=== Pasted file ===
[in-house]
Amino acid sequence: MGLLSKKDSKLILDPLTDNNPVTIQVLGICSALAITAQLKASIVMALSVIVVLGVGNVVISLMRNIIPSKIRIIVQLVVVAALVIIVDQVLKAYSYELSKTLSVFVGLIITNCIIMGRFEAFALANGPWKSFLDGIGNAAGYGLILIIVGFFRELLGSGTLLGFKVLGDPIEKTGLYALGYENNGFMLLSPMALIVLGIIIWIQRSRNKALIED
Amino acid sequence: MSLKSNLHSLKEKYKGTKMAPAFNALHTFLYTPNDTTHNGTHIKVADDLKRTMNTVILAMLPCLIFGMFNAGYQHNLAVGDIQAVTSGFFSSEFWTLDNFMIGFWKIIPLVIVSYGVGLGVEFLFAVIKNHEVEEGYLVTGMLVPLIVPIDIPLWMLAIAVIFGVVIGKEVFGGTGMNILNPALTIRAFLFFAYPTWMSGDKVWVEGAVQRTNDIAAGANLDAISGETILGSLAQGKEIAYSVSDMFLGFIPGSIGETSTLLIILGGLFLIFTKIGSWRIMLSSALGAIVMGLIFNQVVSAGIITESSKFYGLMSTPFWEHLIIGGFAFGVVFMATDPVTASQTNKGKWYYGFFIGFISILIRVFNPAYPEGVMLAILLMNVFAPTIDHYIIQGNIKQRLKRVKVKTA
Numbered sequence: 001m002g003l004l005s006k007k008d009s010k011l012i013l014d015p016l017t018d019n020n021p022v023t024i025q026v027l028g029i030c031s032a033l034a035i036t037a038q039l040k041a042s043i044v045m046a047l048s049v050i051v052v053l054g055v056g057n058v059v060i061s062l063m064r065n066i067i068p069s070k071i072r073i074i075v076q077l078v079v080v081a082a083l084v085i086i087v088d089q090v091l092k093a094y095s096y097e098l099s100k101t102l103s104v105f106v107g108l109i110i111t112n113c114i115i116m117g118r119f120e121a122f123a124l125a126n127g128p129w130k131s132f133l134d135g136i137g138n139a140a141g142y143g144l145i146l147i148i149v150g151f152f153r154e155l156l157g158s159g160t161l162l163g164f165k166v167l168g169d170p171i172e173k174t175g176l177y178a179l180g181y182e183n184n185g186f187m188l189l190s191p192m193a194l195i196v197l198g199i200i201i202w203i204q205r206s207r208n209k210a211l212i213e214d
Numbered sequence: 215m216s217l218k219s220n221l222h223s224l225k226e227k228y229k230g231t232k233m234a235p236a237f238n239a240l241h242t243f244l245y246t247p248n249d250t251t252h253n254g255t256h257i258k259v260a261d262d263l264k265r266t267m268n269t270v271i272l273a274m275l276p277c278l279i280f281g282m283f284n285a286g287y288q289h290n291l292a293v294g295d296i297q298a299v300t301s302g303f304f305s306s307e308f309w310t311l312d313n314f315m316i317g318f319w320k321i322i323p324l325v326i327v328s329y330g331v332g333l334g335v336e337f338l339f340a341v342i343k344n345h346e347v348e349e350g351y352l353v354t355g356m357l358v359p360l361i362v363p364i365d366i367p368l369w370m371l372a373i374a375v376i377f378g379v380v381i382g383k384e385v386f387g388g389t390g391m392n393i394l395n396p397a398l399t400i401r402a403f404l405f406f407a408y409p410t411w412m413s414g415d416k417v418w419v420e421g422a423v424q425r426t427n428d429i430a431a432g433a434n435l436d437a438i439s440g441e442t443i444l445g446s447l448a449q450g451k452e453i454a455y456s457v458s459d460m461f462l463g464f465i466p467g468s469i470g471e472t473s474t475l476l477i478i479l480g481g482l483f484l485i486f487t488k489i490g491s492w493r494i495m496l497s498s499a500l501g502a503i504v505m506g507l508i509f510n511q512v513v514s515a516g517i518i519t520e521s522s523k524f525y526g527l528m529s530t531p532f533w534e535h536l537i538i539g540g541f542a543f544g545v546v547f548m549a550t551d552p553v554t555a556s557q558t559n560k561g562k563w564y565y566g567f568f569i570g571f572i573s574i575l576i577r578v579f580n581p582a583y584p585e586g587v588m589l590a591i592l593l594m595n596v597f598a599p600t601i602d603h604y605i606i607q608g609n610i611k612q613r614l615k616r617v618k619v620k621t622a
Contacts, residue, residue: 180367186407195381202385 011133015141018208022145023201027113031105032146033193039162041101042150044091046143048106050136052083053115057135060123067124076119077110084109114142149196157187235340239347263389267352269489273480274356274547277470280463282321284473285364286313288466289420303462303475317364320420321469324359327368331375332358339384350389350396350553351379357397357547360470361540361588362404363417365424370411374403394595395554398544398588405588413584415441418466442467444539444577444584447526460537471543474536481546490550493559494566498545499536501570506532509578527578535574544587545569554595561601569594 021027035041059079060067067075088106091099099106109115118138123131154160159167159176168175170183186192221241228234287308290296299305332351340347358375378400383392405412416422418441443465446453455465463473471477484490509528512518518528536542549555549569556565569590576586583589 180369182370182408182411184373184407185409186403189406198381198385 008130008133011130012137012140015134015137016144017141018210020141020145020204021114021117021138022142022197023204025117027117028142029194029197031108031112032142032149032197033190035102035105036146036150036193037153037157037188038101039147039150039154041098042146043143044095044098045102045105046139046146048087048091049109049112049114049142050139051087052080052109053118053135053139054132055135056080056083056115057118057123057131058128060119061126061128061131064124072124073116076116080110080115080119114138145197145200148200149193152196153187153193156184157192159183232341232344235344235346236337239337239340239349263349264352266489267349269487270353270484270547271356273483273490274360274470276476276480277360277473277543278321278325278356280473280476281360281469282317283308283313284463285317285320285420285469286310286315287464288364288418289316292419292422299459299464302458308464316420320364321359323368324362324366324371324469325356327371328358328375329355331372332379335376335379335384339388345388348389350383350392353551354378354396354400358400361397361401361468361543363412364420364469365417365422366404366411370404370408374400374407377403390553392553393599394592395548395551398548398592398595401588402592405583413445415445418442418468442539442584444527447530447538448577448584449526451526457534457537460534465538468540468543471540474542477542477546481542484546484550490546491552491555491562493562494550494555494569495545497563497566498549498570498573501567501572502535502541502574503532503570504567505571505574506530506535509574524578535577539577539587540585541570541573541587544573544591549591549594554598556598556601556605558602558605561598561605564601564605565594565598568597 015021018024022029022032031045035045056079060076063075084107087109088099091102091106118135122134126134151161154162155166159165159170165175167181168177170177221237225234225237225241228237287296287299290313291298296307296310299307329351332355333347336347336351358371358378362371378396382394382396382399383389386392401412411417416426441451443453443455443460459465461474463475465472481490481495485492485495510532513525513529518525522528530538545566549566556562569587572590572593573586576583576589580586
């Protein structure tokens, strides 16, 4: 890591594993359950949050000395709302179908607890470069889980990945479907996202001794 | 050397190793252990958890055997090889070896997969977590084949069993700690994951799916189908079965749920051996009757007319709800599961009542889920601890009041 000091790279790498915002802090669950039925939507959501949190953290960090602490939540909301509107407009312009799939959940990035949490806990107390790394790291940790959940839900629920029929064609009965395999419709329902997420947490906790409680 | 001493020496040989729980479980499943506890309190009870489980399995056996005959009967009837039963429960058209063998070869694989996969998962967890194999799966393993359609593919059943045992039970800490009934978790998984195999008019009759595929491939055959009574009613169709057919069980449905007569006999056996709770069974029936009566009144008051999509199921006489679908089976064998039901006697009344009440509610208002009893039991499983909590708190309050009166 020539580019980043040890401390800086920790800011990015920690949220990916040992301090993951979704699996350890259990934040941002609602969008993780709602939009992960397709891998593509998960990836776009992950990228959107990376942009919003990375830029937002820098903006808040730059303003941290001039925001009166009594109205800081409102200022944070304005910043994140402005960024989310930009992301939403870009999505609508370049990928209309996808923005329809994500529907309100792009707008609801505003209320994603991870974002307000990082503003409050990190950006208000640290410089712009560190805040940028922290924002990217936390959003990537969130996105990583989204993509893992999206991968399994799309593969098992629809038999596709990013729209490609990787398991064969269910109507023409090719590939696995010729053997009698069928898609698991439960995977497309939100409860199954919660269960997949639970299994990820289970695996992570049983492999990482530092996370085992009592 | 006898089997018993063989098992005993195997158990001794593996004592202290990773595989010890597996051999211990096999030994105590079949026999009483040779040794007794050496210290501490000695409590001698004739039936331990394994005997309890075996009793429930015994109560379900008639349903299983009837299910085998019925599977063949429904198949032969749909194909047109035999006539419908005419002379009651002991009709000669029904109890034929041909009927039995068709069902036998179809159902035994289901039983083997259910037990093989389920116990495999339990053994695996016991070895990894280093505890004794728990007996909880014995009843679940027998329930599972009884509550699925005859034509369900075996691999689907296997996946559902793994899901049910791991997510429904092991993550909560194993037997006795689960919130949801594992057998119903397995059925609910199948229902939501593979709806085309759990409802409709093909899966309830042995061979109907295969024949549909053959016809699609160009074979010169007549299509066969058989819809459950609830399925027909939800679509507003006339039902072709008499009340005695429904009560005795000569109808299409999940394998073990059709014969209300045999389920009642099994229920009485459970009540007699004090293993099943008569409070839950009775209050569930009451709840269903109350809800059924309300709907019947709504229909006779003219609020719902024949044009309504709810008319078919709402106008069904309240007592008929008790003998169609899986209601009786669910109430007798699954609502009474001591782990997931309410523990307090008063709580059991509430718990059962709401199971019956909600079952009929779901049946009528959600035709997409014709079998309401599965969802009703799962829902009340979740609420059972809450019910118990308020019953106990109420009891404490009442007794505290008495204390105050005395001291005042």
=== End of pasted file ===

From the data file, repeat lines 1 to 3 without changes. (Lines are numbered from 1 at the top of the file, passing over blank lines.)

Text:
[in-house]
Amino acid sequence: MGLLSKKDSKLILDPLTDNNPVTIQVLGICSALAITAQLKASIVMALSVIVVLGVGNVVISLMRNIIPSKIRIIVQLVVVAALVIIVDQVLKAYSYELSKTLSVFVGLIITNCIIMGRFEAFALANGPWKSFLDGIGNAAGYGLILIIVGFFRELLGSGTLLGFKVLGDPIEKTGLYALGYENNGFMLLSPMALIVLGIIIWIQRSRNKALIED
Amino acid sequence: MSLKSNLHSLKEKYKGTKMAPAFNALHTFLYTPNDTTHNGTHIKVADDLKRTMNTVILAMLPCLIFGMFNAGYQHNLAVGDIQAVTSGFFSSEFWTLDNFMIGFWKIIPLVIVSYGVGLGVEFLFAVIKNHEVEEGYLVTGMLVPLIVPIDIPLWMLAIAVIFGVVIGKEVFGGTGMNILNPALTIRAFLFFAYPTWMSGDKVWVEGAVQRTNDIAAGANLDAISGETILGSLAQGKEIAYSVSDMFLGFIPGSIGETSTLLIILGGLFLIFTKIGSWRIMLSSALGAIVMGLIFNQVVSAGIITESSKFYGLMSTPFWEHLIIGGFAFGVVFMATDPVTASQTNKGKWYYGFFIGFISILIRVFNPAYPEGVMLAILLMNVFAPTIDHYIIQGNIKQRLKRVKVKTA